Some local industries left out of latest relief fund

Wildflower Salon
Posted at 5:59 PM, Jan 14, 2021
and last updated 2021-01-14 19:59:58-05

COLORADO SPRINGS — The latest round of COVID-19 relief is on its way to small businesses in Colorado. As owners and employees work to rebound during the pandemic, not all businesses are eligible to apply for funding.

Industries eligible for the state funding include restaurants, bars, movie theaters and gyms. Hair salons are among the dozens of industries that are not eligible.

Rep. Shane Sandridge represents El Paso County and he sponsored the relief bill, a $37 million package to help small business which suffered the most loss and were shut down for a period of time.

"It never had the purpose to focus on everybody in need. It focused on the industries that are most in need, with 90% to 100% closure," said Sandridge, who mentioned the state budget took a $4 billion hit last year because of COVID-19. "If you don't have enough money, you pick the ones who are in need the most."

Rep. Sandridge said it's a small boost for local business and "it's giving them a lifeline until larger, federal aid comes in, or restrictions are eased."

However a local salon owner told News5 her concerns about some businesses being left behind.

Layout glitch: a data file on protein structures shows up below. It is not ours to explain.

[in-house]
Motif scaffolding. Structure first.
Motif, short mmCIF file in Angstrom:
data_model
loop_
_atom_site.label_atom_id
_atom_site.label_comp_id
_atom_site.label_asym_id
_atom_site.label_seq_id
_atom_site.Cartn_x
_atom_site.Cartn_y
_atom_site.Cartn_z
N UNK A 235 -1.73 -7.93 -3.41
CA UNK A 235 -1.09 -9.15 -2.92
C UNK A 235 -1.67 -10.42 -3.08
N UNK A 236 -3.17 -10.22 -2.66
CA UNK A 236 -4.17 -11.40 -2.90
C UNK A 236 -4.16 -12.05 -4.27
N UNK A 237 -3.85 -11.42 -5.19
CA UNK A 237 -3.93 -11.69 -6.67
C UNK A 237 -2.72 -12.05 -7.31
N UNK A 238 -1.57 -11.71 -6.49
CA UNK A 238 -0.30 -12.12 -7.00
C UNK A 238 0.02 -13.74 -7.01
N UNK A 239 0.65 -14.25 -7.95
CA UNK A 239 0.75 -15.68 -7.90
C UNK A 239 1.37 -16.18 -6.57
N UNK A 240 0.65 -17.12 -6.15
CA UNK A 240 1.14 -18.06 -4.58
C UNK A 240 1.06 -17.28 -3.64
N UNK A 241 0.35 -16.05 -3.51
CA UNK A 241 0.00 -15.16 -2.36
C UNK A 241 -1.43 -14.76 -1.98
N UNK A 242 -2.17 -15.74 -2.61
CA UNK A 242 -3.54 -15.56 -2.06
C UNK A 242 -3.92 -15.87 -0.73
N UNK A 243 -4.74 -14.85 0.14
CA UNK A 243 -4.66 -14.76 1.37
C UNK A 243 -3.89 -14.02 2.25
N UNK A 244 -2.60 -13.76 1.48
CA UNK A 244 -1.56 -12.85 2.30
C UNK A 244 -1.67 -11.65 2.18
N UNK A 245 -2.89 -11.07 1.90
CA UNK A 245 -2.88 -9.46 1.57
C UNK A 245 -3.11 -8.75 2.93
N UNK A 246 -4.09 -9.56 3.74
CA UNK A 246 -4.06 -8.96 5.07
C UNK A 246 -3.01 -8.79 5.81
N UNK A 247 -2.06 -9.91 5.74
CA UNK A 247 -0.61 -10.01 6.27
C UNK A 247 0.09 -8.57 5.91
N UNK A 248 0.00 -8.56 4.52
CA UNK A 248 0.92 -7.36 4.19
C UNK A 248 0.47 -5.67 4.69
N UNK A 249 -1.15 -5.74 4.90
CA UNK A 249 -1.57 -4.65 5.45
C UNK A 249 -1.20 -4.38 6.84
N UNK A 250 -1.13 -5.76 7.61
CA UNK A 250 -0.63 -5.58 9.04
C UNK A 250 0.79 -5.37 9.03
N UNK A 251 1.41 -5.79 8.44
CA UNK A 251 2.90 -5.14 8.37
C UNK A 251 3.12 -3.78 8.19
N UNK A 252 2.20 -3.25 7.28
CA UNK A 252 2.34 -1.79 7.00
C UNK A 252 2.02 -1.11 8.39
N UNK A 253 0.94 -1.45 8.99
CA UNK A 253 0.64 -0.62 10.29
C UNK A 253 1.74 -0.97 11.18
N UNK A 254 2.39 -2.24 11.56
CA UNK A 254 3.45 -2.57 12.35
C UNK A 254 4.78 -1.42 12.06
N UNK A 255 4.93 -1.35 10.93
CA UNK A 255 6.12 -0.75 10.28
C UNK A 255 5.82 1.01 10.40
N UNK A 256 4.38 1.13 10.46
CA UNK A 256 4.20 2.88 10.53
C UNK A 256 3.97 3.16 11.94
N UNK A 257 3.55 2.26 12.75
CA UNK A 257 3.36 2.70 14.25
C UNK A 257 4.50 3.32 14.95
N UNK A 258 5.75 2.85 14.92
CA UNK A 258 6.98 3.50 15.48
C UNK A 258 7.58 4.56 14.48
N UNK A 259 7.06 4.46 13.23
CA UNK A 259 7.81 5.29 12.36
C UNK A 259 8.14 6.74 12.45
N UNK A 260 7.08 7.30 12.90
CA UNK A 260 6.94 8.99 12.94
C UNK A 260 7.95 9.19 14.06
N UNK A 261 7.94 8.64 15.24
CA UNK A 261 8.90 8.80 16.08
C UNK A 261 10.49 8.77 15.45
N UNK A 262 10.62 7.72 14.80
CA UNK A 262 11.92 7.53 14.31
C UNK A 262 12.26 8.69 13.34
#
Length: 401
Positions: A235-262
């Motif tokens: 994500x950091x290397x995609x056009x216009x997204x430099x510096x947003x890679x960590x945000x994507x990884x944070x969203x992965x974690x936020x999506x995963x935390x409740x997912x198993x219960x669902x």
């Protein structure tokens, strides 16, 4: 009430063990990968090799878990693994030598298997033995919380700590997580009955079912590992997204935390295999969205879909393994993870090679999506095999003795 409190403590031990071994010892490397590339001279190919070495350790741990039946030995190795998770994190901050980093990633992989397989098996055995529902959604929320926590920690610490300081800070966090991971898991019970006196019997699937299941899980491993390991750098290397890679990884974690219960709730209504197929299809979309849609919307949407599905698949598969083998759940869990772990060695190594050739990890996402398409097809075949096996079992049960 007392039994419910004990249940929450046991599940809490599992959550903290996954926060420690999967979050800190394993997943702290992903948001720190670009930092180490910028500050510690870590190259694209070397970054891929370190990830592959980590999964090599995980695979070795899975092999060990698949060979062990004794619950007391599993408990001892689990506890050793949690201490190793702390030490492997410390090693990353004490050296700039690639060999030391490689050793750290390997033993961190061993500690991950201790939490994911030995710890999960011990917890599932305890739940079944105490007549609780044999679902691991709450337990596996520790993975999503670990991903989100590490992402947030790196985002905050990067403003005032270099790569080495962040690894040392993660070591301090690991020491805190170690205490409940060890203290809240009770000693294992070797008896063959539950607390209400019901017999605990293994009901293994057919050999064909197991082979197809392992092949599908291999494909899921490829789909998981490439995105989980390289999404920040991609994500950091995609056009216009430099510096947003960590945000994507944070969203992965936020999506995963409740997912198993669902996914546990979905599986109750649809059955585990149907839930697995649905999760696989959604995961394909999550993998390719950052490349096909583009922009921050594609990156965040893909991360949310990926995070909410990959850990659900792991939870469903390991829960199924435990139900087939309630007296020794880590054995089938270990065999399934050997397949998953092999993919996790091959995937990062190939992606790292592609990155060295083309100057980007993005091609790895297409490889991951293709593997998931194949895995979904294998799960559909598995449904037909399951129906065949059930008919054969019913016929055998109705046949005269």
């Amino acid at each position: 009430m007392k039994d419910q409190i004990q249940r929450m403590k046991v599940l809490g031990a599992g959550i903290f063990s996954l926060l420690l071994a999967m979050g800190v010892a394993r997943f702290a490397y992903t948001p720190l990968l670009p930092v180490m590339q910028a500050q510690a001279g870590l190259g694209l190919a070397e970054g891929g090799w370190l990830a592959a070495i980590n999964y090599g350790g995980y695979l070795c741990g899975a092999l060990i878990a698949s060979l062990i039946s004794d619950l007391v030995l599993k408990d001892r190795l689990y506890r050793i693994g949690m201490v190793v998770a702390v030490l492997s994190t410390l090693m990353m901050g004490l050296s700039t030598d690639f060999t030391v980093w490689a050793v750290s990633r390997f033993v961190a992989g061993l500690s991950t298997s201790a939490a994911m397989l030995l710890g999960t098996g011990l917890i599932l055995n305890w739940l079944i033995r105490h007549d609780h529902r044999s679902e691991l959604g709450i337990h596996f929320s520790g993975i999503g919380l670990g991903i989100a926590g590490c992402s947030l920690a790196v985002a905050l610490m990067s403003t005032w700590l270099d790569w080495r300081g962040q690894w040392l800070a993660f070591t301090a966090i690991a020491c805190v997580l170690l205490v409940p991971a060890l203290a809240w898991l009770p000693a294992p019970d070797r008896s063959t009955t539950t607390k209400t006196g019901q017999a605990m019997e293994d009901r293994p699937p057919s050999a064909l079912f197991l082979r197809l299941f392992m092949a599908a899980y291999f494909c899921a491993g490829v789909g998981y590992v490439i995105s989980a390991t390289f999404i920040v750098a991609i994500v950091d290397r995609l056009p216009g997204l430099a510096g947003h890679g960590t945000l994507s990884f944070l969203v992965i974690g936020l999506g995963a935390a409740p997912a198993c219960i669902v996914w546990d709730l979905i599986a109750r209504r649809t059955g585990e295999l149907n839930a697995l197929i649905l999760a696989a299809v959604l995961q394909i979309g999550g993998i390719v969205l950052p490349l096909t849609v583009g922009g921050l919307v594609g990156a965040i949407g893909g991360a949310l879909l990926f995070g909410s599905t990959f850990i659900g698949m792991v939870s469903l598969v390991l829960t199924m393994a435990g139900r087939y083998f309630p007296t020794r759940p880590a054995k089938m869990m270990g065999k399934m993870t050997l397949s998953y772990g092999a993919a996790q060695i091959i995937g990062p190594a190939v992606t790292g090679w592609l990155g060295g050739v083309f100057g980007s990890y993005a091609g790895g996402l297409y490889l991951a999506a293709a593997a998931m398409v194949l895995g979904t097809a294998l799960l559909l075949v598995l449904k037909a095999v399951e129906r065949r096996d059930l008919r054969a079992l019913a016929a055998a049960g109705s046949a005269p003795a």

"It's definitely disappointing because I feel like hair stylists are pretty important to communities," said Erin Wyrick, who owns Wildflower Salon in downtown Colorado Springs. The salon closed for a month and a half last year during the pandemic.

"It was a big loss. I did lose 100% of our income. At that time, I had four girls booth-renting from me, and all five of us lost everything," said Wyrick, who also mentioned business has been picking back up since COVID-19 restrictions recently eased.

"We're doing as much as we can. A lot of the times we are pretty busy with clients, so that just is so relieving," said Wyrick.

The bill will provide up to $7,000 to small businesses. A business who received less than $2.5 million in revenue in 2019 can apply for funding.

As of Thursday afternoon, lawmakers are also making minor changes to the bill. That includes giving local governments more time to disperse the funds to local businesses.